So I reached into my mailbag of questions and pulled out a question that had nothing to do with guitar. The next one was inappropriate. The one after that was easily answered, 42 (your welcome Josh from Tempe, Arizona). Then came this question: How can I make a chord progression more interesting?
It seems easy to answer this question at first glance, but then all the possibilities that exist within music start to make an appearance. This is quite a complicated question.
Let’s make some assumptions. There will be one chord progression through our entire song. I’m also assuming you’re talking about writing your own chord progressions, although some of these ideas could be applied to cover songs to make them more your own interpretation.
Let’s start off with this simple chord progression.
Pull out your guitar and play it.
One thing you might want to try first is adding some spice to the progression by adding some suspensions or 7ths to the chords. Like changing the Am to Am7. You can do this simply by lifting your third finger off the second fret in the diagram above. You’ll notice it is now very similar to the C chord that came before it.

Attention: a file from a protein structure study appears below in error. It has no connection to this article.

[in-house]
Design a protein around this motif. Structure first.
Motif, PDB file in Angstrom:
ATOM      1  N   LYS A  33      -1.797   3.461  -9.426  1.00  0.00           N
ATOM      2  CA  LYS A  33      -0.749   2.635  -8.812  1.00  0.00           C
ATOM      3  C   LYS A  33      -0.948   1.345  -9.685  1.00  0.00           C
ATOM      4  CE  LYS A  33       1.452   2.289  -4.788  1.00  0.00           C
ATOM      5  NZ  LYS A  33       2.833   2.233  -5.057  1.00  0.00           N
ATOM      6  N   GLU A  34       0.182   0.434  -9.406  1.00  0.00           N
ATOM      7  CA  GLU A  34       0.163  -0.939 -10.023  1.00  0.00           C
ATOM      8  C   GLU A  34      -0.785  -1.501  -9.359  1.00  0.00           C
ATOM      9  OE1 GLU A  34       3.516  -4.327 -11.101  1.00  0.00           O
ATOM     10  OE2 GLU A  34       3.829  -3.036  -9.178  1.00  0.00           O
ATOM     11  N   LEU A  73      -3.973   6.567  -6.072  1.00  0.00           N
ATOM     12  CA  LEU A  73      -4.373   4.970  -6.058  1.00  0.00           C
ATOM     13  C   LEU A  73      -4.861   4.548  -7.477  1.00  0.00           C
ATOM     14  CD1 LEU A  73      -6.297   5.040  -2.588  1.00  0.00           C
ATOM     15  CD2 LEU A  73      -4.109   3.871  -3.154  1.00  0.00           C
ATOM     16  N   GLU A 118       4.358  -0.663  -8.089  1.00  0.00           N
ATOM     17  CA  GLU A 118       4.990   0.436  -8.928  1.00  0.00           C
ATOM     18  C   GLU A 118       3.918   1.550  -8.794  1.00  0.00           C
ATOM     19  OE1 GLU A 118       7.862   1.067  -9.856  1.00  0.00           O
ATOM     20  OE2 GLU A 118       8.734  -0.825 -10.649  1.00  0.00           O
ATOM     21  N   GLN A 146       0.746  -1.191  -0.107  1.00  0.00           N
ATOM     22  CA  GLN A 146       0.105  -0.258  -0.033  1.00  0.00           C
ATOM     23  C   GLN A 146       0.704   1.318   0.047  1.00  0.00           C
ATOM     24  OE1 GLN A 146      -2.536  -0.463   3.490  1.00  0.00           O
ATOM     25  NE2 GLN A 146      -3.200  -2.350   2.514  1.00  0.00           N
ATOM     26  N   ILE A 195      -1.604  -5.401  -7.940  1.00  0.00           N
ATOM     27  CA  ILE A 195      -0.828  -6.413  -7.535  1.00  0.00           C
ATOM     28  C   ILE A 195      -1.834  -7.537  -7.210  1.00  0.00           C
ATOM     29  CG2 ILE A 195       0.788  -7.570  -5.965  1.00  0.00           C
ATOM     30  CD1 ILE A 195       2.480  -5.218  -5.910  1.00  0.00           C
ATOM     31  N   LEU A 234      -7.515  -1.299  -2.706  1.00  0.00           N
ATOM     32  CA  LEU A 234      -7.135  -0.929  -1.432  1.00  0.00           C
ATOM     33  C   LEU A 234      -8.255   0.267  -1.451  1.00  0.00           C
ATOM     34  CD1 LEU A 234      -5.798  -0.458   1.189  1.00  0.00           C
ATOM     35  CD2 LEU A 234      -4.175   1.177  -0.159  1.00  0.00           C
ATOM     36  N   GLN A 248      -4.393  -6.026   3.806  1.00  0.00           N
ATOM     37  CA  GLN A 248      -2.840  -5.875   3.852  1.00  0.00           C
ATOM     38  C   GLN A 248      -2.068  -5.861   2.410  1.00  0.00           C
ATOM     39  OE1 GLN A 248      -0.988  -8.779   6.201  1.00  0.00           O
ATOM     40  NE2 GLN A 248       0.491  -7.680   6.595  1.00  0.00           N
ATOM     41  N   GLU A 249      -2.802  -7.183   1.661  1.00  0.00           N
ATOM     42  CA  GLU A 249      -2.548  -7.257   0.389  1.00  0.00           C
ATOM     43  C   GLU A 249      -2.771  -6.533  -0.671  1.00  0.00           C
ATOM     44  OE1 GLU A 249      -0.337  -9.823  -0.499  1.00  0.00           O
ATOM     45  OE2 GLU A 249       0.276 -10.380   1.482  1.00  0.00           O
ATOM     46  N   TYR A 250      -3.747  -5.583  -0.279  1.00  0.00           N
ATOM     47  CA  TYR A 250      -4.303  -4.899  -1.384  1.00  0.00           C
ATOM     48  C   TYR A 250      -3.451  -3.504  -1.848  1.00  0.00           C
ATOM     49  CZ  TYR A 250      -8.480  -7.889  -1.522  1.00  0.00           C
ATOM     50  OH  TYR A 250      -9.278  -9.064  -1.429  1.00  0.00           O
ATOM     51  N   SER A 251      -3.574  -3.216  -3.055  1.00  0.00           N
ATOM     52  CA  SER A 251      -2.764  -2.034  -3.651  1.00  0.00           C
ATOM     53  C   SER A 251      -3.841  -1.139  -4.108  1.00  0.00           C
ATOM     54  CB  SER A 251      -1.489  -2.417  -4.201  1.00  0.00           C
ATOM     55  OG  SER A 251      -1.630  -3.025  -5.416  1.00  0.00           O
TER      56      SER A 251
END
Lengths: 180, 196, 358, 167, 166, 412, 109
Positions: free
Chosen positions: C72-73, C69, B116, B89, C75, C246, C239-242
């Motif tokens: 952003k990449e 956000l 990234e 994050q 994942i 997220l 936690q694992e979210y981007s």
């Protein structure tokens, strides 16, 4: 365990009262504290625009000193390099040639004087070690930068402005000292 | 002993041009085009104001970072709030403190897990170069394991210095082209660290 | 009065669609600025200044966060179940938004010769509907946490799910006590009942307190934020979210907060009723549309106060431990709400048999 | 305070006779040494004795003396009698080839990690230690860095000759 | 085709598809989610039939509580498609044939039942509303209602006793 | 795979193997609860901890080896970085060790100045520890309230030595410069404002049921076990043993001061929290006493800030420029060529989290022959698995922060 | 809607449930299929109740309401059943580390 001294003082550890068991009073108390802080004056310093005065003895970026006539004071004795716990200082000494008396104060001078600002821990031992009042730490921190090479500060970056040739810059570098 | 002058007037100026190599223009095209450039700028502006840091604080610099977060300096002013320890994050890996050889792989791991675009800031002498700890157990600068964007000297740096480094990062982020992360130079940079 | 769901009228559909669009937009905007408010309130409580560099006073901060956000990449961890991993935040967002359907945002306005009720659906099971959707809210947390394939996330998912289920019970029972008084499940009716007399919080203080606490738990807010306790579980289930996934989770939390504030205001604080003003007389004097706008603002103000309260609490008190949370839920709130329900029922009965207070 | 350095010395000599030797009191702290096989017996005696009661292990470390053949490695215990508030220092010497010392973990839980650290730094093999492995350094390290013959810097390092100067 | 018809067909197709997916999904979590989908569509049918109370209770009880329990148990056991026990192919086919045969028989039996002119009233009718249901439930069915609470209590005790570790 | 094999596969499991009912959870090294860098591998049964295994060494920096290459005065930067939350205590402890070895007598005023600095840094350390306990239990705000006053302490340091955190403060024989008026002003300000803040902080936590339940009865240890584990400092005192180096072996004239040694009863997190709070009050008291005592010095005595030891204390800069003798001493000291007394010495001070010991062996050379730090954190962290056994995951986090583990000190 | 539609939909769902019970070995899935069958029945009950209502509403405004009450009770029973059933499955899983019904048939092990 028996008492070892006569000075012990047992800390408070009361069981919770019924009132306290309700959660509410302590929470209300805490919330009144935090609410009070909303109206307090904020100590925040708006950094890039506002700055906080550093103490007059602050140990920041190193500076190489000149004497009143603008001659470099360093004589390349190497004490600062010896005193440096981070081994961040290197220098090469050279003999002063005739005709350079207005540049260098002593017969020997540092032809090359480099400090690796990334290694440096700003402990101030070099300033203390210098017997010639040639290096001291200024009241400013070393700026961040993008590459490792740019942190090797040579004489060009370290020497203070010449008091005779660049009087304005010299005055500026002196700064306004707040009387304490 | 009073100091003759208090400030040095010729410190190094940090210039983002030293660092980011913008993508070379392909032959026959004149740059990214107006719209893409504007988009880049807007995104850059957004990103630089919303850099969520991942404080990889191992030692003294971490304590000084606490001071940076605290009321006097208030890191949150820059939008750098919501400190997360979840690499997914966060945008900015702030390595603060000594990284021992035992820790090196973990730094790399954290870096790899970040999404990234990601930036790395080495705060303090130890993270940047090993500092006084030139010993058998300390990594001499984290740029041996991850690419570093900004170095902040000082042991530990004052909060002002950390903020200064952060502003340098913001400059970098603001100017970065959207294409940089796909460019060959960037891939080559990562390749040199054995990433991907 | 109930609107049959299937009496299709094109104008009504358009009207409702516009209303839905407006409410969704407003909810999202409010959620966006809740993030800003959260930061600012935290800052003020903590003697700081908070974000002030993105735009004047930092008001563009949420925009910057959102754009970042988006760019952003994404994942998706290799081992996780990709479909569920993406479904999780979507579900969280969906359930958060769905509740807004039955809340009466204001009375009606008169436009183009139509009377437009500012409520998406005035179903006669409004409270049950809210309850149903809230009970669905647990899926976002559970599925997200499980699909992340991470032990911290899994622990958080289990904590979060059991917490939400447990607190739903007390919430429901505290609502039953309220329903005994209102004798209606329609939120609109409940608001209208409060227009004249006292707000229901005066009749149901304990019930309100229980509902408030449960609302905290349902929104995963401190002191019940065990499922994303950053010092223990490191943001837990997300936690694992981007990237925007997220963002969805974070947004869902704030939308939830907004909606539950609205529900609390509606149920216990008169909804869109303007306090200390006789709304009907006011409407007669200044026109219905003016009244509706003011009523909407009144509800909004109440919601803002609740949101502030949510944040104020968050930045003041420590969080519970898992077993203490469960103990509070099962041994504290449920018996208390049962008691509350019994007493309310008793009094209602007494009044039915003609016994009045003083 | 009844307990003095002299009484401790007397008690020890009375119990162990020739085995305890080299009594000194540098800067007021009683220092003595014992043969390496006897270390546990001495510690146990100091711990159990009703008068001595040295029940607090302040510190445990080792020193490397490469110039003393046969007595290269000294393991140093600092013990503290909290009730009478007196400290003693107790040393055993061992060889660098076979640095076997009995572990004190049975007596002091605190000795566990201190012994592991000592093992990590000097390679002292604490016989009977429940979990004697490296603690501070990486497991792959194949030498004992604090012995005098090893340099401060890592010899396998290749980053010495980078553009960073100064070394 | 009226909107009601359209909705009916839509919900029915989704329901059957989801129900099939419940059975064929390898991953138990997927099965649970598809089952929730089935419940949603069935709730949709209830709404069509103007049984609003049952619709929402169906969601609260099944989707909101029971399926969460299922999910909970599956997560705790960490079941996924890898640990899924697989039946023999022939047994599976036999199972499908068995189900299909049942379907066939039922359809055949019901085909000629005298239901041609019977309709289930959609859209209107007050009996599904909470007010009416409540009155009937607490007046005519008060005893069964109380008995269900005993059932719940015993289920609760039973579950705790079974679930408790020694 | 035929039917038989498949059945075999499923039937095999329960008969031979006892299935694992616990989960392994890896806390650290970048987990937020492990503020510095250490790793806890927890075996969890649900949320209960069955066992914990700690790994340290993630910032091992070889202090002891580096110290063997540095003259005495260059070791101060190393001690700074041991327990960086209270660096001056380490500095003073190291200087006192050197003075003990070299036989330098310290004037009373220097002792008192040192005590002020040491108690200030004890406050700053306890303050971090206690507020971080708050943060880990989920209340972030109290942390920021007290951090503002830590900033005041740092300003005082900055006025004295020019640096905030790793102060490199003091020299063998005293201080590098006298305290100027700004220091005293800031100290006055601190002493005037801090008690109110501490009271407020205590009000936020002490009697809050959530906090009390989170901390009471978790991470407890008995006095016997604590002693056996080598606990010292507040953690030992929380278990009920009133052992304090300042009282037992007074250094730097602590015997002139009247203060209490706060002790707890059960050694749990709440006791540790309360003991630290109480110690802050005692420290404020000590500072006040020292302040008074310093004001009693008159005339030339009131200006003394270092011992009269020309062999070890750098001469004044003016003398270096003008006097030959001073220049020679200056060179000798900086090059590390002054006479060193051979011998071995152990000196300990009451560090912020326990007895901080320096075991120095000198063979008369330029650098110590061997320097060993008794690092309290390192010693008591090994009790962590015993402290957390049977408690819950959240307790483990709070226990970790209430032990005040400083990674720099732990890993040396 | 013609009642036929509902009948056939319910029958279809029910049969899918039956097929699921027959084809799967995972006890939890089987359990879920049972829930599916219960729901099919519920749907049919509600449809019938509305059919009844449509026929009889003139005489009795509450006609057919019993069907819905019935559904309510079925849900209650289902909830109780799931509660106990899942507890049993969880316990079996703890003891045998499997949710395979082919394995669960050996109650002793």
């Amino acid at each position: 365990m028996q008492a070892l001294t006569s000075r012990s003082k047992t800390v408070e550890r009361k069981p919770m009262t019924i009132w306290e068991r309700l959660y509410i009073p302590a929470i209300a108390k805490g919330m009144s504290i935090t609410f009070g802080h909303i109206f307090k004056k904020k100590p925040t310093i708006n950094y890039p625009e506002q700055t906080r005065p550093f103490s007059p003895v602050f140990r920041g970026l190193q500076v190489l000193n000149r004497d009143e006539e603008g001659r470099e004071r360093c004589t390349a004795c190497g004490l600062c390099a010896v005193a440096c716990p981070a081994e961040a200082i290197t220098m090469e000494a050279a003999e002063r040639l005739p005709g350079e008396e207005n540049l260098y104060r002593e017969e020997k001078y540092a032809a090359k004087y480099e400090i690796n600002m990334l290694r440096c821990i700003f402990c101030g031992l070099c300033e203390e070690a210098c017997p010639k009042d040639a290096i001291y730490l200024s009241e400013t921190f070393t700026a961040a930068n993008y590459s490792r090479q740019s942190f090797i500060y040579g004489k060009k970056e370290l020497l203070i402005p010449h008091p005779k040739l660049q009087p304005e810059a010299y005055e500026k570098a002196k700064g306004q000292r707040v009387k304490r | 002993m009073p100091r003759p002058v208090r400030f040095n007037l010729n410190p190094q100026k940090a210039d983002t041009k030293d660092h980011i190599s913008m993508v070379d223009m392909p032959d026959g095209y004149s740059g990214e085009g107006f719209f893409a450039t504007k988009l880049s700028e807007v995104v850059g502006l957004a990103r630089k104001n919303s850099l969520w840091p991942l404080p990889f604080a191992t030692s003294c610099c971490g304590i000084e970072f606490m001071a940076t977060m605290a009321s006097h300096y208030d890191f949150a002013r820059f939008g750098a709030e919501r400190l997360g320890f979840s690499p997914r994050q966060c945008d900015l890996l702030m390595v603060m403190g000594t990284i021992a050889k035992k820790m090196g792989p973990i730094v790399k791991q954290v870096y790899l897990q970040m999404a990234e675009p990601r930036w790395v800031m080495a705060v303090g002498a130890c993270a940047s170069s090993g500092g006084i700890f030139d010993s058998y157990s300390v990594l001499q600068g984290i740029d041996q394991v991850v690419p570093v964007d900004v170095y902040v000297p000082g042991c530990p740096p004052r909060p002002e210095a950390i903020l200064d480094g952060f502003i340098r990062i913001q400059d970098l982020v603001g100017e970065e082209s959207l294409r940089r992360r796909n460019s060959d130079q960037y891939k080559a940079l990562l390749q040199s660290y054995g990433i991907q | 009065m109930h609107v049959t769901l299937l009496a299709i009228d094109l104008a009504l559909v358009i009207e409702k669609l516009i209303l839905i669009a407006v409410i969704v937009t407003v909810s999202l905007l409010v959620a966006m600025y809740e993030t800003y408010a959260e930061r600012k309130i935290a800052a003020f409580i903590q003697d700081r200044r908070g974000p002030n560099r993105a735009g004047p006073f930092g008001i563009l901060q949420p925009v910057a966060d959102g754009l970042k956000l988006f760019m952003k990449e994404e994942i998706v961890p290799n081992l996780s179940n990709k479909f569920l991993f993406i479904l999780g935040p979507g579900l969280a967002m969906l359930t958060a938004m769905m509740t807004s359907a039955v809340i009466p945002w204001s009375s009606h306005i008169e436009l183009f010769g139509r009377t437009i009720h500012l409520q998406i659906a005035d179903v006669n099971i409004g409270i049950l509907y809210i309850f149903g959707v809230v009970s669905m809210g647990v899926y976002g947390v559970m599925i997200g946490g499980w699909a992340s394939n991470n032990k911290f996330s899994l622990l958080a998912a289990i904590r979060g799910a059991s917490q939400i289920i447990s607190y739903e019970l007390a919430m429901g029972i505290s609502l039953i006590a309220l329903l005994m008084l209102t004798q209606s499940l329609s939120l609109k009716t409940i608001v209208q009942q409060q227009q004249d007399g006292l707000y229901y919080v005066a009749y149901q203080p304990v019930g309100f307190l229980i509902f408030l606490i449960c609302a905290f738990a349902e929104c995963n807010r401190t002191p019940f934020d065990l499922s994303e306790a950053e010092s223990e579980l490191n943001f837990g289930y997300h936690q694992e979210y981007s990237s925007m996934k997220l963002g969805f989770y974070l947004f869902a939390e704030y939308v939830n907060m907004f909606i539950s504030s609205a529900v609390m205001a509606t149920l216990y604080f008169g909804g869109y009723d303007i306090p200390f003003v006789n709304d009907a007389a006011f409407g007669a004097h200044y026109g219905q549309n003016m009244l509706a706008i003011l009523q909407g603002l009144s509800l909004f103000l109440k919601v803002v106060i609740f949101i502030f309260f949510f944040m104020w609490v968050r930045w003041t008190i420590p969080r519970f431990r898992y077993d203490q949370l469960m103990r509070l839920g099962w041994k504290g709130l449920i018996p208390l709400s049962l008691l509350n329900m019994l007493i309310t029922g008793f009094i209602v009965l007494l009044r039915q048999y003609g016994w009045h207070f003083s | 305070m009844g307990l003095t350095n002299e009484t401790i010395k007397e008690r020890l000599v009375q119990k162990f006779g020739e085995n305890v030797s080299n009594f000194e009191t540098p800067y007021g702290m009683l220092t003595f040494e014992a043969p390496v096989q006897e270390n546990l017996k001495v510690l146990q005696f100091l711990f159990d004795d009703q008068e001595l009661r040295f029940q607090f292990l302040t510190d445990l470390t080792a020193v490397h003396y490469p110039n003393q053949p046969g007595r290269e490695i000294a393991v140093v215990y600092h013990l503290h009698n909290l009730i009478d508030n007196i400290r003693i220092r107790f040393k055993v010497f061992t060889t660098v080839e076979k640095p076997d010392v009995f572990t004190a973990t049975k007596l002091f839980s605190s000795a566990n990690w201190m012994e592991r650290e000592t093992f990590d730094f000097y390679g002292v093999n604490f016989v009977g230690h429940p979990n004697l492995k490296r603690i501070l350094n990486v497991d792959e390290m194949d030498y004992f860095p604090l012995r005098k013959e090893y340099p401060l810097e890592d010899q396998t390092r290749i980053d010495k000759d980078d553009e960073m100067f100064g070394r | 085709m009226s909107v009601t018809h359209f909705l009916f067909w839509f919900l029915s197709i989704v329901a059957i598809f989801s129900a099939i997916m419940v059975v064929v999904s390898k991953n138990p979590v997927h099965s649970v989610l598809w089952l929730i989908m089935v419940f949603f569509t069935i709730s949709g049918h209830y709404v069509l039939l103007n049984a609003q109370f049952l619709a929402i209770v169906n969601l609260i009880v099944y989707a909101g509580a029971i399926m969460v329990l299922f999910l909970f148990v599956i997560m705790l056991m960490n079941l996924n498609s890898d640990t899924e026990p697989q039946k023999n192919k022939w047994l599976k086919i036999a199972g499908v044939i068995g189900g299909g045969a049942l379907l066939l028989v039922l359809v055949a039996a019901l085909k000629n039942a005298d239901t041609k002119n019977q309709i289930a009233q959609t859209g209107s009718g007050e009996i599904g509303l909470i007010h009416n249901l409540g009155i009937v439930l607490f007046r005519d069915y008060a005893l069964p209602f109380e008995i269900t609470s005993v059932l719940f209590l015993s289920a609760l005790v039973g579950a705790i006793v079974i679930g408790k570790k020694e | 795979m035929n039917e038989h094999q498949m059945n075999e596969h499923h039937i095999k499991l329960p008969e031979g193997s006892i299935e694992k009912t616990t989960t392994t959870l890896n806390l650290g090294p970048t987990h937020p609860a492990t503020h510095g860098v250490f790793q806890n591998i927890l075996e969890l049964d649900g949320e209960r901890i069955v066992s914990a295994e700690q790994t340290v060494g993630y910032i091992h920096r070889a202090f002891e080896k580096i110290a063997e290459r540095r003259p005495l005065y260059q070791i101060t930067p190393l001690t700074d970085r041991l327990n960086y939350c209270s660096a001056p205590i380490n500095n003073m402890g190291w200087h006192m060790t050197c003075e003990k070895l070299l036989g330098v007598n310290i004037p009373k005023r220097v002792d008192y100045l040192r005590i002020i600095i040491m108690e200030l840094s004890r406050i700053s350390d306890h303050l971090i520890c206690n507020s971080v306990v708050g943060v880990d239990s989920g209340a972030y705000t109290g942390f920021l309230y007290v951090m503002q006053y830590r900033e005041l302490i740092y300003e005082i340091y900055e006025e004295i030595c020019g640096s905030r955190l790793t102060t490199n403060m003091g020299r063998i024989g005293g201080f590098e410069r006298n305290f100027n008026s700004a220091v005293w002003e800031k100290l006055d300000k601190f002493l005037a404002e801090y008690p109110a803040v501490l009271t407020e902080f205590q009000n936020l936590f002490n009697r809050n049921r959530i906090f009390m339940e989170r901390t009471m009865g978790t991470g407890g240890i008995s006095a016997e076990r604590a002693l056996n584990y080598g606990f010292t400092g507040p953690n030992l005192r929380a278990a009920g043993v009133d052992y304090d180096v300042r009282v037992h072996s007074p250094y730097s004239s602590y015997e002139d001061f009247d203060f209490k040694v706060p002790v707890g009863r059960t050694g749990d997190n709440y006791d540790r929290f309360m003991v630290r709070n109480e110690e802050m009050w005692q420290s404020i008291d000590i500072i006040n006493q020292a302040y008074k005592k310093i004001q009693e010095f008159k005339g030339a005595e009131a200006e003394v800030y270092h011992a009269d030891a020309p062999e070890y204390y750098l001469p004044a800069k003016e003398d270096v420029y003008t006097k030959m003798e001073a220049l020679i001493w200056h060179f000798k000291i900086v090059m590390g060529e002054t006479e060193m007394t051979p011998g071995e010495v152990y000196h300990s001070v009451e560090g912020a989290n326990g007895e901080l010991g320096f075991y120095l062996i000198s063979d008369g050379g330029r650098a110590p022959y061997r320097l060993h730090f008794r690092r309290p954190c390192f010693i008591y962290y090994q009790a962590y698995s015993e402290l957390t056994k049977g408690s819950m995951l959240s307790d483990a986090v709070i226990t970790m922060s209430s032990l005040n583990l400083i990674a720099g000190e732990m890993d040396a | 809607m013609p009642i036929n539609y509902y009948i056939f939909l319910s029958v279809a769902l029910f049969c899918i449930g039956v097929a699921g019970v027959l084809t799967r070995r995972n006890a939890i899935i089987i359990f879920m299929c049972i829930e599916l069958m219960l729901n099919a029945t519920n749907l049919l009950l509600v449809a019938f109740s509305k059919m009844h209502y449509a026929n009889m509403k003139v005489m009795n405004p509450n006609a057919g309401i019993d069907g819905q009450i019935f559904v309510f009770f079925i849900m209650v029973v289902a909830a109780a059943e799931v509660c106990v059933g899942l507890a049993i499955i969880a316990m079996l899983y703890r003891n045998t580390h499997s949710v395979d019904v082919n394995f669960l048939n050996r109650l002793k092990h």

Add a sus4 to the D chord (fret the third fret on the first sting to add the sus4), which is a nice transition from the G chord then a nice lead into the C chord. Figure out where each of these chords has a sus4 and try adding it to the chord progression. Listen for the ones that lead into the next chord the best.
Swap out Chords
Try different chords and see how you like the way they sound. Swap out the D for a Dm chord. Then remove the C and replace it with an F. Your chord progression will sound very different and look like this now:
Try swapping any and all of the chords. Challenge yourself by trying chord forms you’ve never used before, which leads me to my next suggestion…